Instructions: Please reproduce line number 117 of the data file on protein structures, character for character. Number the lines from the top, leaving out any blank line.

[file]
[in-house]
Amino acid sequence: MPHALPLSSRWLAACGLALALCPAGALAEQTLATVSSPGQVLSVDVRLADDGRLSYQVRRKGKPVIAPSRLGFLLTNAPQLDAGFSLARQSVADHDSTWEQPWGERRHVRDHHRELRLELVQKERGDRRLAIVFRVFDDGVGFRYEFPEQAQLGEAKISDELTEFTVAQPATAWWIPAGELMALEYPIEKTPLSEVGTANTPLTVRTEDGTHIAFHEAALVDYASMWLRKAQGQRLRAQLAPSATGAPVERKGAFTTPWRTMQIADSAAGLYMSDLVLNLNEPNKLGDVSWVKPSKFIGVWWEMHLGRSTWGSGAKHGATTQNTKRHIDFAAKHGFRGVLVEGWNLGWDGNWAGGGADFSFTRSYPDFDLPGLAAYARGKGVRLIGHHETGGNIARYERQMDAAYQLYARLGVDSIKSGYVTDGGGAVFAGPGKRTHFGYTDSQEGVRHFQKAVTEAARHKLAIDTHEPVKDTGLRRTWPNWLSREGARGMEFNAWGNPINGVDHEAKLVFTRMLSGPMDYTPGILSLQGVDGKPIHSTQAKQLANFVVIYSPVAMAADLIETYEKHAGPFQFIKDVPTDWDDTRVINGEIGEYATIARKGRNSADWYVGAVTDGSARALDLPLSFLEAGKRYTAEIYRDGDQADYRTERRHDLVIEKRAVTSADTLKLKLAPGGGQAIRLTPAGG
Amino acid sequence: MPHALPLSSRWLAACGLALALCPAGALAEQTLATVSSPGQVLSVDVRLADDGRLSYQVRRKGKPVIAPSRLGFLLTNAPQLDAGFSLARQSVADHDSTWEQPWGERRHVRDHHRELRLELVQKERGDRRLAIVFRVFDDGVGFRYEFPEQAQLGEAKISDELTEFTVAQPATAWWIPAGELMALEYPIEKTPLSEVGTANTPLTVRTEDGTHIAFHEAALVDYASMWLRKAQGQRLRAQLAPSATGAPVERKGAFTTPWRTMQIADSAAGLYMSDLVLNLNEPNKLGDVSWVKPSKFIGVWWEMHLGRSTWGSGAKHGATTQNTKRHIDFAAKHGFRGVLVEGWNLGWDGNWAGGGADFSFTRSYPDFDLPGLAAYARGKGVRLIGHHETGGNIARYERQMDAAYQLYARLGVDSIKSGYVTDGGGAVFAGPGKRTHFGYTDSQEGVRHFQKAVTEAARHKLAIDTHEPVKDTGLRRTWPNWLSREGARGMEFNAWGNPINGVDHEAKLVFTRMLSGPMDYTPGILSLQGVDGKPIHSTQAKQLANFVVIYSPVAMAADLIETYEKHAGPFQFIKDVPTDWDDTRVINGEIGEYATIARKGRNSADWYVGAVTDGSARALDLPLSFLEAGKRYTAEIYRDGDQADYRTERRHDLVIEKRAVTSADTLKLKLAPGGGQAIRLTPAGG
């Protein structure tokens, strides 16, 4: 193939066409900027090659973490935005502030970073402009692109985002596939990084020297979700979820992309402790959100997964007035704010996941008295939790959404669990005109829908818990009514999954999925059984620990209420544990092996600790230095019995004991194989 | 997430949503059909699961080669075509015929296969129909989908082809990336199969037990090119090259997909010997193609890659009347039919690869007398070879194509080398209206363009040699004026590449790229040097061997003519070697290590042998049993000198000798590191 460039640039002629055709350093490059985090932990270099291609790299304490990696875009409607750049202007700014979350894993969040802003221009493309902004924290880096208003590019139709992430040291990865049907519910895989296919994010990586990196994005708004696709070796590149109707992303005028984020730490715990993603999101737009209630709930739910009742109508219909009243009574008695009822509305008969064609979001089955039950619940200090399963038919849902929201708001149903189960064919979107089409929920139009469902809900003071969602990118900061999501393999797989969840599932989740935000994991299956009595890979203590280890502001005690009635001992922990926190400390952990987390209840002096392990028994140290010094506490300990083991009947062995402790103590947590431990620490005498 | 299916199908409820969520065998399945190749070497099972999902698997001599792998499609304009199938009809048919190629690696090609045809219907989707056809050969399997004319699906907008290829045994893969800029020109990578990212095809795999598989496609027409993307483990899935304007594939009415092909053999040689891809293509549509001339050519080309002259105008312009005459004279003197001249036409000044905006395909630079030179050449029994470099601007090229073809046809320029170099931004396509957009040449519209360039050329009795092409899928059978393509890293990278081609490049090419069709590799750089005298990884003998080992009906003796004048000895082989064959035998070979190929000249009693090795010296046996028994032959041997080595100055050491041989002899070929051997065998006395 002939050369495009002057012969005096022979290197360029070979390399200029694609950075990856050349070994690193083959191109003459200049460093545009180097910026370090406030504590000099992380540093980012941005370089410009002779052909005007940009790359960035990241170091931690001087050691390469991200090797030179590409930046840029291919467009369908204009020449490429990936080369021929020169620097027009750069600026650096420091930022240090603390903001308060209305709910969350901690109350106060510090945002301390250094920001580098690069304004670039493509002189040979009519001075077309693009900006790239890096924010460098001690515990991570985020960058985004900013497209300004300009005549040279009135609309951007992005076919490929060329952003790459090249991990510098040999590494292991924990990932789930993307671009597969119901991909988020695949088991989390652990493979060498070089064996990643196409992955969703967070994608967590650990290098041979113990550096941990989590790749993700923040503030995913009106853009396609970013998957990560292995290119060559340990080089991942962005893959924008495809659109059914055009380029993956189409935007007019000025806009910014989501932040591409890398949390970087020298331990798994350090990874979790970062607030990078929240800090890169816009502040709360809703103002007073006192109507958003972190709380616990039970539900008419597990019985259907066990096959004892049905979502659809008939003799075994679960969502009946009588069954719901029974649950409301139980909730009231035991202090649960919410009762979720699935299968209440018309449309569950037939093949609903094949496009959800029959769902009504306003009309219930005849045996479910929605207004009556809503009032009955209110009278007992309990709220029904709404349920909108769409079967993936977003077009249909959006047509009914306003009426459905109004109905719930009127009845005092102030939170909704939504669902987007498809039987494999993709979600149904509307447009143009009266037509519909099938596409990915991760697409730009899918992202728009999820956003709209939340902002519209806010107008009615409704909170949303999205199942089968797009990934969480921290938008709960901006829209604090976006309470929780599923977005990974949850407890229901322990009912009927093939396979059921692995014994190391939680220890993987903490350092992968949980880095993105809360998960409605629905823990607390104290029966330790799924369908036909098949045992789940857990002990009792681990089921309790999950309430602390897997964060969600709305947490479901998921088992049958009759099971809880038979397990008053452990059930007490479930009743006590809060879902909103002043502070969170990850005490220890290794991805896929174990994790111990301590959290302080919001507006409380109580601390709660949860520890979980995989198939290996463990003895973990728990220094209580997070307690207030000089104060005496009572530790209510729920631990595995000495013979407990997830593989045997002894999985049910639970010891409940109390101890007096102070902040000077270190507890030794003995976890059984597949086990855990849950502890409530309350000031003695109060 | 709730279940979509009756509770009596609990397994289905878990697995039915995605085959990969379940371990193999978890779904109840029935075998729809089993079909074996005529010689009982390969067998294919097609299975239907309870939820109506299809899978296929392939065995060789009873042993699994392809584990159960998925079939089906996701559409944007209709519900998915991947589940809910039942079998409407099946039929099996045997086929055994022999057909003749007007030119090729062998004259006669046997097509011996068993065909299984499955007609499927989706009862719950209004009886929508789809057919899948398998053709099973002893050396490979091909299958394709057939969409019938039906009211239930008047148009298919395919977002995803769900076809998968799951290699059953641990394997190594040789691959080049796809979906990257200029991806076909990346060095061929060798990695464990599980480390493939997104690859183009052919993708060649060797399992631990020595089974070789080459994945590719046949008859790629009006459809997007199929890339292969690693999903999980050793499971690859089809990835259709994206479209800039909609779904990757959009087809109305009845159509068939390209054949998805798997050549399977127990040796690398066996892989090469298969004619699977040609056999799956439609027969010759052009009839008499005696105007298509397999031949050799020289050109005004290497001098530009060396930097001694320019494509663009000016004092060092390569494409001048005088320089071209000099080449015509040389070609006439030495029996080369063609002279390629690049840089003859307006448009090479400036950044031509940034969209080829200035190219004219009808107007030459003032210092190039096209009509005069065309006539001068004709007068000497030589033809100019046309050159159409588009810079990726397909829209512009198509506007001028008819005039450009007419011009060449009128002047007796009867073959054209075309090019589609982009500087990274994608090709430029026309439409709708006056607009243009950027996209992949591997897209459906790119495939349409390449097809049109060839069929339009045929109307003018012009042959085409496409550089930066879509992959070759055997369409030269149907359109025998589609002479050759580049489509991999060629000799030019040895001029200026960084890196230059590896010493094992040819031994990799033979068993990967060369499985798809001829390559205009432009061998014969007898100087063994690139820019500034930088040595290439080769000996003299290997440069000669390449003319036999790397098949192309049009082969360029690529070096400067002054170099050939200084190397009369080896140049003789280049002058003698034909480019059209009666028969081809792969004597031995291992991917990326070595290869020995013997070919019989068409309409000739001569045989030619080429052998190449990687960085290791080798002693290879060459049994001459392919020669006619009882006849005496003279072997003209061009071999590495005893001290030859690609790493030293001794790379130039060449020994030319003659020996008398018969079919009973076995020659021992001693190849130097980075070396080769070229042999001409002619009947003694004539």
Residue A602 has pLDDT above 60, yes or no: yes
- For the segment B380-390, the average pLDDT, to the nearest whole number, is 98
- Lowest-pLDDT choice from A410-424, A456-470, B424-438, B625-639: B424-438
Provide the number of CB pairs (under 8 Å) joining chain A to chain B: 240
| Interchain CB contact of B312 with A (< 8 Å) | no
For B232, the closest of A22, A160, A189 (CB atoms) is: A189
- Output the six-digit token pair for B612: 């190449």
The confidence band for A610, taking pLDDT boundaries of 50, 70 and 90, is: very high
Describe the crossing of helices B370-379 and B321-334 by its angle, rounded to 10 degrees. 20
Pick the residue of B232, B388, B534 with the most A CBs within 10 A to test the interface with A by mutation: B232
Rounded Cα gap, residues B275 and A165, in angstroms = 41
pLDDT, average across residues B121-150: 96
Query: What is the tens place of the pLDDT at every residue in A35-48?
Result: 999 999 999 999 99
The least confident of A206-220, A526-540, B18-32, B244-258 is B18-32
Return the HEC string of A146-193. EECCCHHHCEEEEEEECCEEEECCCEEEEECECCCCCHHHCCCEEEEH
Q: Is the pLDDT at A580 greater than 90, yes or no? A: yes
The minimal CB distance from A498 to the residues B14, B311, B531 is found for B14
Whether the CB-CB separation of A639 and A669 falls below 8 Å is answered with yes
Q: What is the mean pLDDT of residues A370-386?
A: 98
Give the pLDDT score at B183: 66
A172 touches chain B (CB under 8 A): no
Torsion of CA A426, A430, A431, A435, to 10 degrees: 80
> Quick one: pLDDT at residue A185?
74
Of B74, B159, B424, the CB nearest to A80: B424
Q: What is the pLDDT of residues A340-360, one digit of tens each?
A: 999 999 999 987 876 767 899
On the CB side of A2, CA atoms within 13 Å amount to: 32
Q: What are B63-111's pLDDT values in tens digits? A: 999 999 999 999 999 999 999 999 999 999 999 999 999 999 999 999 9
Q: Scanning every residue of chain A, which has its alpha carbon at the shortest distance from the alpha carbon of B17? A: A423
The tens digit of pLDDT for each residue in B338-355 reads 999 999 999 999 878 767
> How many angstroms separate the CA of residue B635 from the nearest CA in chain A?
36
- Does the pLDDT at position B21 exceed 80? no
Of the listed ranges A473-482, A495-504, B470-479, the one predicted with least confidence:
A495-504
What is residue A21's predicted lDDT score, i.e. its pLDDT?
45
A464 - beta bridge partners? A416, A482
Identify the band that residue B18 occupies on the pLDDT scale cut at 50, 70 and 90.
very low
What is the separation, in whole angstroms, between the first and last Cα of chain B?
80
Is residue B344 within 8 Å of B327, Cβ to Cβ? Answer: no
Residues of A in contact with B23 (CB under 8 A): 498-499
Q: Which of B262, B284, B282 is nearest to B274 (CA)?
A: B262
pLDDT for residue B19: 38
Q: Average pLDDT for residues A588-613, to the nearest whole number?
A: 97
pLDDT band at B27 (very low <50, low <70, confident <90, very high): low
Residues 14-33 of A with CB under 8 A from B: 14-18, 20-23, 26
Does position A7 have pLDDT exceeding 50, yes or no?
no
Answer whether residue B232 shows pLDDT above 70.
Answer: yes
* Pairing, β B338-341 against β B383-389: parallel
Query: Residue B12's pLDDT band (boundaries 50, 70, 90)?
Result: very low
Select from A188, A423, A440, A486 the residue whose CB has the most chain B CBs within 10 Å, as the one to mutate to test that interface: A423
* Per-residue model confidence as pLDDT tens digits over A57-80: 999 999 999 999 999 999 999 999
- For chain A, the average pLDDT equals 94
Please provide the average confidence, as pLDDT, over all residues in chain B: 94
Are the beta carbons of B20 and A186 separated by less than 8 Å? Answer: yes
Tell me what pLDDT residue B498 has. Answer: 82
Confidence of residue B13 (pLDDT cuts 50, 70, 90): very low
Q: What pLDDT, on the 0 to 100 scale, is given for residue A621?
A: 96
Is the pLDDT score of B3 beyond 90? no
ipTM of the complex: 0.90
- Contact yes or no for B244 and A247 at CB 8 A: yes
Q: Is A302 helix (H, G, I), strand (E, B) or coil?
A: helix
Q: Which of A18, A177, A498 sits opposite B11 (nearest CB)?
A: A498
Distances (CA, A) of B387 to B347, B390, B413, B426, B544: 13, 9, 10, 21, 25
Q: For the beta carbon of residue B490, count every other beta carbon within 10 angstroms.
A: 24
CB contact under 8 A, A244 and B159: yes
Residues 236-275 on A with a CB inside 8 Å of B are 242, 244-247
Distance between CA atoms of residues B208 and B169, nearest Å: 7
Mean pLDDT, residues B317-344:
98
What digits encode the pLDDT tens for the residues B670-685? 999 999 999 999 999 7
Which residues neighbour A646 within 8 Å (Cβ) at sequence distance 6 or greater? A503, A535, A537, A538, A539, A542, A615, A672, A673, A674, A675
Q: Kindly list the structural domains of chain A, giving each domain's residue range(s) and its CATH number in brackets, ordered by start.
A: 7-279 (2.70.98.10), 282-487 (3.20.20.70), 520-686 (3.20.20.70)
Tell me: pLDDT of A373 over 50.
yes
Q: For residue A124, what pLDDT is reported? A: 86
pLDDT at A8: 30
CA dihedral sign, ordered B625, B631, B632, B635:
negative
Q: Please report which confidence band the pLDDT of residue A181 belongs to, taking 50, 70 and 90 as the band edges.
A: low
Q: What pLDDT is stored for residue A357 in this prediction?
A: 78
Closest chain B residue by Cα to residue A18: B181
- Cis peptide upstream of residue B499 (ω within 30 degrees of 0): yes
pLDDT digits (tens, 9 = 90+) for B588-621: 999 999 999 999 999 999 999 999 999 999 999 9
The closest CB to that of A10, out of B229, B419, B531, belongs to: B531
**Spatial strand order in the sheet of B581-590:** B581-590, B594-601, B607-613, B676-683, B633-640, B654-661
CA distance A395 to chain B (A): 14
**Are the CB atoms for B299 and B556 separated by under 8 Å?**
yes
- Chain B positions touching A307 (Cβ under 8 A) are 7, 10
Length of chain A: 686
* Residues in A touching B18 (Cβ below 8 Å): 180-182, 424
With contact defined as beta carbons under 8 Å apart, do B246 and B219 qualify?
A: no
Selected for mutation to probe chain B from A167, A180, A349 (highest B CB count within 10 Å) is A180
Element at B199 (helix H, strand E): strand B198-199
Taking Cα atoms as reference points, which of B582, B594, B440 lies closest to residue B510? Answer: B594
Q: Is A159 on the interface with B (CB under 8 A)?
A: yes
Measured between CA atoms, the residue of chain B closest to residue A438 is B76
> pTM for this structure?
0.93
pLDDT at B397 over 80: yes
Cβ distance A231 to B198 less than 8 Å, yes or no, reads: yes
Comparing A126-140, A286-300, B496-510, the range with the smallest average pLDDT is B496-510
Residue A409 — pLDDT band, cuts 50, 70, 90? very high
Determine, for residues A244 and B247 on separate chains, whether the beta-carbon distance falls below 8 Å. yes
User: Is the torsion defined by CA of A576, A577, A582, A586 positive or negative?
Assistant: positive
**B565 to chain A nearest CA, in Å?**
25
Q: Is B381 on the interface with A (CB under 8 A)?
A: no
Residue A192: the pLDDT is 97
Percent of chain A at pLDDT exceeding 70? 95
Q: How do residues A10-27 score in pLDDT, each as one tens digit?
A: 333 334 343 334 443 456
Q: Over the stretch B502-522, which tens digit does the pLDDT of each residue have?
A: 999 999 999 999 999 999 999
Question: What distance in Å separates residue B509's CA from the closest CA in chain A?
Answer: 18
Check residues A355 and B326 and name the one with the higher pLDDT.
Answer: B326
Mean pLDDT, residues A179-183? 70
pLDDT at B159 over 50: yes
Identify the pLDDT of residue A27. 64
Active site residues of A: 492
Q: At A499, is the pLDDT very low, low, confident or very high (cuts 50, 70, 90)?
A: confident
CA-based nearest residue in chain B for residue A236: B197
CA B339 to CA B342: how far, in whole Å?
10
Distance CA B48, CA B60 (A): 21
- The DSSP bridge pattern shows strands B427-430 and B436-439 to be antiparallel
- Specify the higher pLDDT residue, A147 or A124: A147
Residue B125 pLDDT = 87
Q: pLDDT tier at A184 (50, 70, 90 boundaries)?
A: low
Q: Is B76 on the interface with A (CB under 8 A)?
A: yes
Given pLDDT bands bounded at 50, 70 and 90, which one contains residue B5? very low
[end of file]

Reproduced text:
Selected for mutation to probe chain B from A167, A180, A349 (highest B CB count within 10 Å) is A180